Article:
Valley of the Queens (Biban Al-Harim) is a deserted cemetery located at the southern part of the vast necropolis of Thebes in Egypt. Valley of the Queens is situated in Luxor, on the west bank of the river Nile. The Valley of the Queens (Biban Al-Harim), Egypt, contains about 70 tombs. The tombs are mainly of queens, princesses, princes, and nobles, who lived during the XIXth and XXth dynasties.
The tombs found here are smaller than the ones of the kings. The structures of the tombs include a small antechamber, a long narrow corridor with several side chambers, and the main burial chamber at the end.
The tomb of the famous Queen Nefertari, the principal consort of King Ramses II is one of the most important tombs in the valley. The tomb was in a poor condition because of the salt crystals seeping through its poor quality limestone. After extensive renovation, it was restored and reopened for the visitors. However, nowadays it is closed to the general public because of the high levels of carbon dioxide and water in the exhalations of visitors which were damaging this beautiful structure.
The tomb of Queen Nefertari consists of a stairway leading down to a hall. On the walls, there are representations of the Queen with different Gods and Goddesses. This hall leads to an inner side chamber. The chamber again is decorated with religious scenes such as Queen Nefertari burning incense, and making offerings to the Gods Osiris and Atum. A corridor from the chamber leads to the burial chamber, the walls of which are decorated with scenes of the “Book of the Gates”.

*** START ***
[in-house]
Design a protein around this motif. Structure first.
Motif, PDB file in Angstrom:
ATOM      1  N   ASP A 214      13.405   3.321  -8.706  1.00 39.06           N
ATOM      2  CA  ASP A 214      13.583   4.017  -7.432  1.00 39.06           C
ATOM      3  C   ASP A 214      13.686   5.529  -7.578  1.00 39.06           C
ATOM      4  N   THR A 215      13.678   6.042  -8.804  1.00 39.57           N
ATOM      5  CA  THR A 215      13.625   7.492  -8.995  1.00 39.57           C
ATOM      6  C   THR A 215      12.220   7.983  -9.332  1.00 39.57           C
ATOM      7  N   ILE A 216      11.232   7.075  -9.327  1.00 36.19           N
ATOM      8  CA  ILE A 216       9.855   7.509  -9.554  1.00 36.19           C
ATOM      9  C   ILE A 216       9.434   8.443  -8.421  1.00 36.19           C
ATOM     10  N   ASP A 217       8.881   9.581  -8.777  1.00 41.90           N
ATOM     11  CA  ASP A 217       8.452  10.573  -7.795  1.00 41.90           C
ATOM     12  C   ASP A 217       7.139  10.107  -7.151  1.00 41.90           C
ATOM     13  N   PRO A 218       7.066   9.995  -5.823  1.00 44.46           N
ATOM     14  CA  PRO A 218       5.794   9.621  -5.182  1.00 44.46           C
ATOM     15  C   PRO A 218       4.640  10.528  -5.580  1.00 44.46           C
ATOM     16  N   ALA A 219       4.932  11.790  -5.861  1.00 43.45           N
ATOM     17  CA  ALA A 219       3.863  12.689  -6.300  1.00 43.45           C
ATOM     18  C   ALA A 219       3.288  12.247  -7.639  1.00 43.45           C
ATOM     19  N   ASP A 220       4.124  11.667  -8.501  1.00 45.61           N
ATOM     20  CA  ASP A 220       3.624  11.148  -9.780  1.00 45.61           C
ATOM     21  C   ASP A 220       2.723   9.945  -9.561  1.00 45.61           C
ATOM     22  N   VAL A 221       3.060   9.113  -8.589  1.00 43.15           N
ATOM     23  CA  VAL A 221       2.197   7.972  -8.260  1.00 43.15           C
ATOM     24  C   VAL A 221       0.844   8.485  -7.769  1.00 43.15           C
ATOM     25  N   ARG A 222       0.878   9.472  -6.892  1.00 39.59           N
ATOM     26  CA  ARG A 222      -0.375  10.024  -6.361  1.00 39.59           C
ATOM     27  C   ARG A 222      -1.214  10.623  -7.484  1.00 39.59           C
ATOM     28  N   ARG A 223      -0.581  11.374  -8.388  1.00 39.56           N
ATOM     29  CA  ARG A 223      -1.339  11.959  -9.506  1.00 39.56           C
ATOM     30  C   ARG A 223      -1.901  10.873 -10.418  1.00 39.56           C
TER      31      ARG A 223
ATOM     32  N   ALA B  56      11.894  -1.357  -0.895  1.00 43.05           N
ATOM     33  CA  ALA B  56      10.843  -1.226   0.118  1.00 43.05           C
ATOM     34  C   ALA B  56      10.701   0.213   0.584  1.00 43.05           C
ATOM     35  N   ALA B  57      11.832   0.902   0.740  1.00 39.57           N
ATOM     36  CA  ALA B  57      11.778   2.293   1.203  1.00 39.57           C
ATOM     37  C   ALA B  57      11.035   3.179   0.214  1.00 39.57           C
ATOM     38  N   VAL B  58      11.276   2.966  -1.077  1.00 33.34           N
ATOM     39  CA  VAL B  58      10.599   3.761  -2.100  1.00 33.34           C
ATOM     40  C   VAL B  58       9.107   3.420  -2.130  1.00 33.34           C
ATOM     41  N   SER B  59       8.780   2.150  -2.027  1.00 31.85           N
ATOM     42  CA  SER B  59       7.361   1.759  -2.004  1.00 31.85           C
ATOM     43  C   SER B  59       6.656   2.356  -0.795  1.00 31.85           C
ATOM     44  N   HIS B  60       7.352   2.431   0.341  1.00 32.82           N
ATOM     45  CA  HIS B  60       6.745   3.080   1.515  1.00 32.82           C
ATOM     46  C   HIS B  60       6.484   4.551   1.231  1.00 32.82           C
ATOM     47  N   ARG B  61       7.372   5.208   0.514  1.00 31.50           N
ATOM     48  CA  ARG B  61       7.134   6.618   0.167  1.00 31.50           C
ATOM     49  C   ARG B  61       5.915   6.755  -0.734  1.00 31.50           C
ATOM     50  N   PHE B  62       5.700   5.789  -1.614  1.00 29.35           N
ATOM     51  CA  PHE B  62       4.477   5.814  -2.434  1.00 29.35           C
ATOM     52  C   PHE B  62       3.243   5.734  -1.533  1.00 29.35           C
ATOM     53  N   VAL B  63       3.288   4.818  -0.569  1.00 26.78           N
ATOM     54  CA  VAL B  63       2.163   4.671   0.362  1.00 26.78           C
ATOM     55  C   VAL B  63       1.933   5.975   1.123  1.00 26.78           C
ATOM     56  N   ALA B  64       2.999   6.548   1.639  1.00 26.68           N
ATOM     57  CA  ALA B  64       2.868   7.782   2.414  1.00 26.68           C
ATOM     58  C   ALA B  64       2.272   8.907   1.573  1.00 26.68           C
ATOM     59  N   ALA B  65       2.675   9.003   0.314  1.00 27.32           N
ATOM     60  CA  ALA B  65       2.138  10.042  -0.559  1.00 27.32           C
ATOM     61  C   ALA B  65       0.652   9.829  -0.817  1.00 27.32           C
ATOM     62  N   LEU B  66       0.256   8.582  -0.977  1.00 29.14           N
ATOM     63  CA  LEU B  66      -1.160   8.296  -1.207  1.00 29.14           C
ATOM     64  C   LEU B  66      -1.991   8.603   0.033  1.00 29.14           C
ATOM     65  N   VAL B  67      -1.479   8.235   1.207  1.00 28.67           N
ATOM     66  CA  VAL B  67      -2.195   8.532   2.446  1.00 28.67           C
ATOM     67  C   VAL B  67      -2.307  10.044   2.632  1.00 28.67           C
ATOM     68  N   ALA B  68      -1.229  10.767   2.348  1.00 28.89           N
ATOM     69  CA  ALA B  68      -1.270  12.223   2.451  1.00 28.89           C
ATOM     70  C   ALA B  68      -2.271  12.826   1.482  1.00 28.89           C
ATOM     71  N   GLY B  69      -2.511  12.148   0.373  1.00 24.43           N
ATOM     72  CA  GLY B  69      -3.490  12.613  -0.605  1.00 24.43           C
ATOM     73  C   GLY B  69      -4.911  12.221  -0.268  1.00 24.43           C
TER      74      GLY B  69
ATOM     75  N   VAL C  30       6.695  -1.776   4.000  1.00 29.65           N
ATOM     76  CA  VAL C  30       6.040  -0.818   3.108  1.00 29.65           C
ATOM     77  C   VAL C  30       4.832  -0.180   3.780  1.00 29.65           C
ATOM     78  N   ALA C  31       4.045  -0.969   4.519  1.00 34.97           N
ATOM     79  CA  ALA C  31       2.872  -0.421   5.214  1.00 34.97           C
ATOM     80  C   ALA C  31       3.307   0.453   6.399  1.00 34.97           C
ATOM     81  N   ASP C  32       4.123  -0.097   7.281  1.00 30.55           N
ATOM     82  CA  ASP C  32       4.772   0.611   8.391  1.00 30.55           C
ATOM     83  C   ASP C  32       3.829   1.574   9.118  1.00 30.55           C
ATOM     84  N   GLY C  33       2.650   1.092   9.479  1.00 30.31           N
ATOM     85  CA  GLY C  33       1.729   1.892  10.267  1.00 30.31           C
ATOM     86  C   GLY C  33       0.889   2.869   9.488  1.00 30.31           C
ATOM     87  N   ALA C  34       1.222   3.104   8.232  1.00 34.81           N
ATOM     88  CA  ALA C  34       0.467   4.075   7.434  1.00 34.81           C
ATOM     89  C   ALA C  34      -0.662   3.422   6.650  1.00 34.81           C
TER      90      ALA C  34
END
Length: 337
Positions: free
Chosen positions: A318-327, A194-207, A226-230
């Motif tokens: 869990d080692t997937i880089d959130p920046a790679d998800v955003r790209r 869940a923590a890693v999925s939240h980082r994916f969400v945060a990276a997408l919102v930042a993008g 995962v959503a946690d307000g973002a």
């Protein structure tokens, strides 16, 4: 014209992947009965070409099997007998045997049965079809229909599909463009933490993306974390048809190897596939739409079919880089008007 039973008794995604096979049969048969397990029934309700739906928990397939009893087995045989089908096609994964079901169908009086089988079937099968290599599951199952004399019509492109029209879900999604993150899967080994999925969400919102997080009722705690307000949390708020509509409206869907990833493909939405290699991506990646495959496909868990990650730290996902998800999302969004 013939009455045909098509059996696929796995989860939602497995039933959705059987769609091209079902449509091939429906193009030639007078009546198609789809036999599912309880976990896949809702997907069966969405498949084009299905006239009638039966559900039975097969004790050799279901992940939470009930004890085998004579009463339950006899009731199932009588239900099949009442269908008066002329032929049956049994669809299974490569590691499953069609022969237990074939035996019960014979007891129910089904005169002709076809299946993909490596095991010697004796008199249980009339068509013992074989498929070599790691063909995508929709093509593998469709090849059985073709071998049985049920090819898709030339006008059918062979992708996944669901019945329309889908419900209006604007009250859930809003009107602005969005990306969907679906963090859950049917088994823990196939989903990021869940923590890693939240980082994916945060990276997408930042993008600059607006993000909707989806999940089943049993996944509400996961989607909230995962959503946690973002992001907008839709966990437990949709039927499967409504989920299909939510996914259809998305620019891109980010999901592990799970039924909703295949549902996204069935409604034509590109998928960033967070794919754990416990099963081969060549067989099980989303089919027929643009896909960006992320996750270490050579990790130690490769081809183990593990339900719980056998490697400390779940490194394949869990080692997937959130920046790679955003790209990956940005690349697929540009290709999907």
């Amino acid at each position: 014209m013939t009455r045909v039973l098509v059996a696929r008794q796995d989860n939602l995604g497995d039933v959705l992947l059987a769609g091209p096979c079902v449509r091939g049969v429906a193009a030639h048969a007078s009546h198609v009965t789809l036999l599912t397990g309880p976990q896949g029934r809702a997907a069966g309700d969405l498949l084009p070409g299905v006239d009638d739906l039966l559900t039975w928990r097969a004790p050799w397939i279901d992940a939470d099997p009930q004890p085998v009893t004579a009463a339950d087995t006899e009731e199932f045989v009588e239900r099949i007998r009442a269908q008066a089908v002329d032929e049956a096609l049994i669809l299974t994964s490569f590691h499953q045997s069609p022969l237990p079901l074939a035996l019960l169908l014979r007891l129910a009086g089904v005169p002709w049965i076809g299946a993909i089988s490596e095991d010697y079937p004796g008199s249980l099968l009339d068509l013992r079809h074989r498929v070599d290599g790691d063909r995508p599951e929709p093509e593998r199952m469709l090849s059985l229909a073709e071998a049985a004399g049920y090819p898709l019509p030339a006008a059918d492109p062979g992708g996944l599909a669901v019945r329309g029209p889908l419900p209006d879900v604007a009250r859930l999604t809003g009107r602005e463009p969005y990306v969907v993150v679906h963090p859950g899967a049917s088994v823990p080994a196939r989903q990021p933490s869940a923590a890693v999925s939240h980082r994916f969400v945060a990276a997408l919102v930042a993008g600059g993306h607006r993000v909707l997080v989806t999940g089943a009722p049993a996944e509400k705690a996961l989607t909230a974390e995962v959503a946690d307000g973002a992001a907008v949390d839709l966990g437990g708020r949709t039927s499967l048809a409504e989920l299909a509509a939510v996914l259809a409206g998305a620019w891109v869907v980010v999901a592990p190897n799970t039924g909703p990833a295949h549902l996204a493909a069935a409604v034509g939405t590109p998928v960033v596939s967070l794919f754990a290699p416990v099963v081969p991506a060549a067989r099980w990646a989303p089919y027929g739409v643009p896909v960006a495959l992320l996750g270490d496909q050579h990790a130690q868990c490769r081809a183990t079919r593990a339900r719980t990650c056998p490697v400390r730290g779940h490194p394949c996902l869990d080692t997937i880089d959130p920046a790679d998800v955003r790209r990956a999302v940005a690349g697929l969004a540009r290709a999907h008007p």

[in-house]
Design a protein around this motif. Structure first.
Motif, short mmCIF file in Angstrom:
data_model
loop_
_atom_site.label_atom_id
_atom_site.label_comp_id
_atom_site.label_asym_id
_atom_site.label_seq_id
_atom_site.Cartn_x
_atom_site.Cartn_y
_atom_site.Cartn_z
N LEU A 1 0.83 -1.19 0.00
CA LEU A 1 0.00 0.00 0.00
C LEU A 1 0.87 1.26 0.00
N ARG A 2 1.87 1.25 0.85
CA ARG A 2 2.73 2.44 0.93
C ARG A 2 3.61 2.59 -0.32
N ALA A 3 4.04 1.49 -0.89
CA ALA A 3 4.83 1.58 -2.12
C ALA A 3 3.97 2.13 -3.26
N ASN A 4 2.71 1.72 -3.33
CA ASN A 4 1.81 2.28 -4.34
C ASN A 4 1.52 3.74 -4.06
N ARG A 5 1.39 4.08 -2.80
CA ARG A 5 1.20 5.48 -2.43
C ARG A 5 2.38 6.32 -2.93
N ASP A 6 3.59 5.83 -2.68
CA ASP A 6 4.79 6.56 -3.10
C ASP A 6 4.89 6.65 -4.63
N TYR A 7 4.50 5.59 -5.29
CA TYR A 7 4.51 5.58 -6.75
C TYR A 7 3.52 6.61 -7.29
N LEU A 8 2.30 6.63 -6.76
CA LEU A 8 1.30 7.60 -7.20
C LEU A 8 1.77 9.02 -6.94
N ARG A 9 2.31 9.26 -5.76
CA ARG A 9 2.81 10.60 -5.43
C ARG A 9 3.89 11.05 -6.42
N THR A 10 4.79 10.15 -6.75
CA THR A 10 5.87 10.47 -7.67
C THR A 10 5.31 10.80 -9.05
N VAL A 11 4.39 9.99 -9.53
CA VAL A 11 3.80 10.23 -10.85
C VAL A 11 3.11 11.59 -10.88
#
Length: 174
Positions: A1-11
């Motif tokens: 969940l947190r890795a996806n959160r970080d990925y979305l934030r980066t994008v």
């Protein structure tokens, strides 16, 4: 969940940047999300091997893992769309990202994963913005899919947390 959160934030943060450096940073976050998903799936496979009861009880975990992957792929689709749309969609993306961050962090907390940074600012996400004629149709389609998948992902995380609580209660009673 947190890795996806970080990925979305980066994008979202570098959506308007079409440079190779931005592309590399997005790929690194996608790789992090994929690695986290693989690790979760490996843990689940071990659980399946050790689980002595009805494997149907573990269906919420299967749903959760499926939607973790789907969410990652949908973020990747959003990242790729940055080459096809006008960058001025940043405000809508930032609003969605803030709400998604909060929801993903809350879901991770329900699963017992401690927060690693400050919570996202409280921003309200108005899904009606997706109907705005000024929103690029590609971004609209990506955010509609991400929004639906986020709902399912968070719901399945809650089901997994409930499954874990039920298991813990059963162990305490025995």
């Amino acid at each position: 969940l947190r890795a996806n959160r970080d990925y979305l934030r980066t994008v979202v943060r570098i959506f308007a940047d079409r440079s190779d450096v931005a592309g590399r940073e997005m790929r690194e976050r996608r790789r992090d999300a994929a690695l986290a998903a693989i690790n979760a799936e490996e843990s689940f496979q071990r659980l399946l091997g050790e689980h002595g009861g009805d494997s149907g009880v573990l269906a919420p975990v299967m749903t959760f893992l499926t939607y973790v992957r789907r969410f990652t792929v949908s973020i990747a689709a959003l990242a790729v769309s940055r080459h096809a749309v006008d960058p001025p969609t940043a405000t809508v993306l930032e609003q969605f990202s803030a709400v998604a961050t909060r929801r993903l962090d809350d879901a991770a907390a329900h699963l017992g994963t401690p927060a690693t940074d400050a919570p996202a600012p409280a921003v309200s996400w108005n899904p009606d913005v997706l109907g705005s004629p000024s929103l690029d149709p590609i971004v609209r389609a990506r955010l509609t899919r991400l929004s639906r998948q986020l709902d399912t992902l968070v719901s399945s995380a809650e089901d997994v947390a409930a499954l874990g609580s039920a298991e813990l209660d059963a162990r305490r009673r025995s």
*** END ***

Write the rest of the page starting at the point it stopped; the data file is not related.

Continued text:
Three of the sons of King Ramses III were also buried here. Amongst these burial chambers, Tomb 55 is considered the most important tomb. It is the tomb of Prince Amun-her-Khopshef, a son of King Ramses III who died at an early age. You can find beautiful scenes on the walls of the first chamber of this tomb.
The scene depicts the Prince, with his father making offerings to various deities. The large hall is also decorated with some scenes of the “Book of the Gates”. Tomb 44 belongs to Prince Khaem-waset, who was another son of Ramses III. It has 2 long corridors, with 2 side chambers, and a square burial chamber.